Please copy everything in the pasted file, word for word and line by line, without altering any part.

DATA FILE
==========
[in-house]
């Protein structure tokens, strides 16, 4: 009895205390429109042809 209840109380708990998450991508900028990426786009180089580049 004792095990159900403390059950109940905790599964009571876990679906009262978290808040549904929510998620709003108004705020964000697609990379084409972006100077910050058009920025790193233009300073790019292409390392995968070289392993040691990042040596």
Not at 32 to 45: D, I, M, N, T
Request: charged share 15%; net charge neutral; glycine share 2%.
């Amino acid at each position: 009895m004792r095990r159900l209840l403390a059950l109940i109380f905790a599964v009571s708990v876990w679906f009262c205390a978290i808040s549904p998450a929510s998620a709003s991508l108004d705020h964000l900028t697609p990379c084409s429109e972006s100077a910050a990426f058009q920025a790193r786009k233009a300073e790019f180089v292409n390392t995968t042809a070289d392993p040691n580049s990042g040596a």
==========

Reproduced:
[in-house]
């Protein structure tokens, strides 16, 4: 009895205390429109042809 209840109380708990998450991508900028990426786009180089580049 004792095990159900403390059950109940905790599964009571876990679906009262978290808040549904929510998620709003108004705020964000697609990379084409972006100077910050058009920025790193233009300073790019292409390392995968070289392993040691990042040596």
Not at 32 to 45: D, I, M, N, T
Request: charged share 15%; net charge neutral; glycine share 2%.
């Amino acid at each position: 009895m004792r095990r159900l209840l403390a059950l109940i109380f905790a599964v009571s708990v876990w679906f009262c205390a978290i808040s549904p998450a929510s998620a709003s991508l108004d705020h964000l900028t697609p990379c084409s429109e972006s100077a910050a990426f058009q920025a790193r786009k233009a300073e790019f180089v292409n390392t995968t042809a070289d392993p040691n580049s990042g040596a």